DH: I’m saying almost exactly the same thing. The studies on DOMS (delayed onset muscle soreness) always intrigued me because, although the soreness can last a few days, biochemically, muscle respond just as they do when there’s no DOMS within 48 hours. The research also shows that you should also really only experience the DOMS once or twice (assuming you continue your training regimen), but I was like you, experiencing them regularly but still gaining. As I progressed and started including higher quality protein powders–gave up crap like Muscle Milk and Designer Whey–I noticed it stopped. What I later found out is that eccentric loading, in particular, triggers damage in skeletal muscle mitochondria which can cause calcium ion leakage. It’s these ions that make you sore the next day. It happens pretty much every time you train heavy. But this also triggers several protective responses like the heat shock factor cycle. Your body actually builds up proteins to protect against residual damage, but it needs adequate vitamin and protein supplies to do so effectively. The bottom line, if you’re getting the DOMS on a regular basis, your nutrition sucks.

JOHN: How did we go so wrong on this?

DH: I just think it’s the nature of the beast. People who train seriously don’t mind punishing themselves; it’s like a badge of honor, as you said. I mean, just look at CrossFit: they’ve gone so far as to actually praise injury in lieu of results. So being sore for a few days, psychologically, gives you bragging rights about how much of a badass you are, so you start to expect it. When it goes away, you think you’re not working hard enough, so you do stupid shit to make it happen again, just so you can feel like you succeeded. It’s probably the only thing in life where success is measured in consistency of pain.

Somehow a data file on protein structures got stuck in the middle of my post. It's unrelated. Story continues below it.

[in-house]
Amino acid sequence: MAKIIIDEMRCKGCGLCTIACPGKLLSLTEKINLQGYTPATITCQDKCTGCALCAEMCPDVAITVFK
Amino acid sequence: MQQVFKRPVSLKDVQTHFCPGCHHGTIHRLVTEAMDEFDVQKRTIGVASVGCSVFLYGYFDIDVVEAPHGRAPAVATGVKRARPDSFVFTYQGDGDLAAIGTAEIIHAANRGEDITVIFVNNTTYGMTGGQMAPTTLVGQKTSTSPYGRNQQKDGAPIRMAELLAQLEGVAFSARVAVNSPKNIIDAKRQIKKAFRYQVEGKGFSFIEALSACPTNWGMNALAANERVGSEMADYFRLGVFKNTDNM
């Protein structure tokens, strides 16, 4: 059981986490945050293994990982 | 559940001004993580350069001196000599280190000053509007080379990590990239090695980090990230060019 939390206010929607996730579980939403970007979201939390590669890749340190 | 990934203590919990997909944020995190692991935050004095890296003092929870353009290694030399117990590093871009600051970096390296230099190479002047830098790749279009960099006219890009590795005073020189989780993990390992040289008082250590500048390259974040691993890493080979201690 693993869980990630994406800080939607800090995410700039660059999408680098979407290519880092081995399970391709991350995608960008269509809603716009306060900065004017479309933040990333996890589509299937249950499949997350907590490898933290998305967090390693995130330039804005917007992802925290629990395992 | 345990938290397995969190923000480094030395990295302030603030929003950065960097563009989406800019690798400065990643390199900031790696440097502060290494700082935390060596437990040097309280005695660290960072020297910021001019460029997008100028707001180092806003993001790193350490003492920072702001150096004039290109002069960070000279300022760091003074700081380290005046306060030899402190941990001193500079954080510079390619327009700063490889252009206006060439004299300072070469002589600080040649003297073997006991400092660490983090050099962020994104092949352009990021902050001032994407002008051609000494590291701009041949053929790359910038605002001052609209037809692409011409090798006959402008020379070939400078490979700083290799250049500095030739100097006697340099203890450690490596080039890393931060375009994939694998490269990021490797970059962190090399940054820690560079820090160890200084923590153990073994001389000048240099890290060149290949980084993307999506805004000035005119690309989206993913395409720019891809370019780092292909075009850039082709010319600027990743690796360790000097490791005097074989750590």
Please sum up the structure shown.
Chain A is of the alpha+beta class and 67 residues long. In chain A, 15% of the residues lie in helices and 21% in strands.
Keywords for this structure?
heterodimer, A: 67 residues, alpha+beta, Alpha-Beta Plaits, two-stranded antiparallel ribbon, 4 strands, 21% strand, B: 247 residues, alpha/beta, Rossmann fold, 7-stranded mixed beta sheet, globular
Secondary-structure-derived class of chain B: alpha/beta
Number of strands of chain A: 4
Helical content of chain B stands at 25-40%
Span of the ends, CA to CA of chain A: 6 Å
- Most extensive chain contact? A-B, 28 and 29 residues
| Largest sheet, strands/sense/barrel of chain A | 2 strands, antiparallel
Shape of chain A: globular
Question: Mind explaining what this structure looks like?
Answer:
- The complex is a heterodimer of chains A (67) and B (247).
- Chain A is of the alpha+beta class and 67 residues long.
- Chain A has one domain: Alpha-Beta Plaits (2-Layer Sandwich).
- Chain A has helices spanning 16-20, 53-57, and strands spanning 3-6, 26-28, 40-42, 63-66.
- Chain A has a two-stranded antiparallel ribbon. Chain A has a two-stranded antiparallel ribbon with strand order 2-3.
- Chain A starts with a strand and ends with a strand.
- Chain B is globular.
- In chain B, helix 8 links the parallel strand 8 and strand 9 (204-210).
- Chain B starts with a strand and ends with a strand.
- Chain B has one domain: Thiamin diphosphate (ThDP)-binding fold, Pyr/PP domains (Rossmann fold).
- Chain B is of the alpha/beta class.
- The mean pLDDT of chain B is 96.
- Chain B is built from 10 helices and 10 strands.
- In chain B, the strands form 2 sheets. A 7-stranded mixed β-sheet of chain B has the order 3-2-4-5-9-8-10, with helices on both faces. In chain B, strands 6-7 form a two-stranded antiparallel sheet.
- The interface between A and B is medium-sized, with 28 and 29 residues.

JOHN: So where do we draw the line with training. How much inflammation do we really need to trigger growth?

DH: Damn, you’re pulling out the big guns here. I can’t tell you for sure, but the answer’s not much. Like I touched on before, inflammation is hormetic, a little bit triggers growth and too much pushes the needle the other direction into muscle breakdown. For example, that’s one reason NOS supplements “might” work, because they increase levels of intramuscular nitric oxide which is an inflammatory (and is produced every time we train anyway). But what seems to be the case is that you only need to allow the inflammation response to last through your training, after which, you should be doing what you can to curb it. That’s one reason carbs post-training can be a growth potentiator. The insulin release works as an anti-inflammatory. That would also explain (and I’m extrapolating here) the probable cause of stymied muscle growth while taking NSAIDS like acetaminophen (Tylenol) and ibuprofen (Advil), because they don’t allow you to get the full hormetic response during the training session.

JOHN: Yes, and the way I approach it, is to curb the inflammation to a degree while training via carbs to drive insulin. I liken this to digging a ditch. I only want to dig it a foot deep. Then as I add dirt (protein synthesis, I quickly fill up the 1 foot and add to what there was orginially if I continue to add. Now if I were to dig it 10 feet deep during the session, I have to fill that up just to get back to status quo, let along beat where I started. That whole skeletal muscle turnover rate thing is a doozy.

Also, I believe excess inflammation can actually decrease insulin sensitivity and cause other issues – can you expound on this?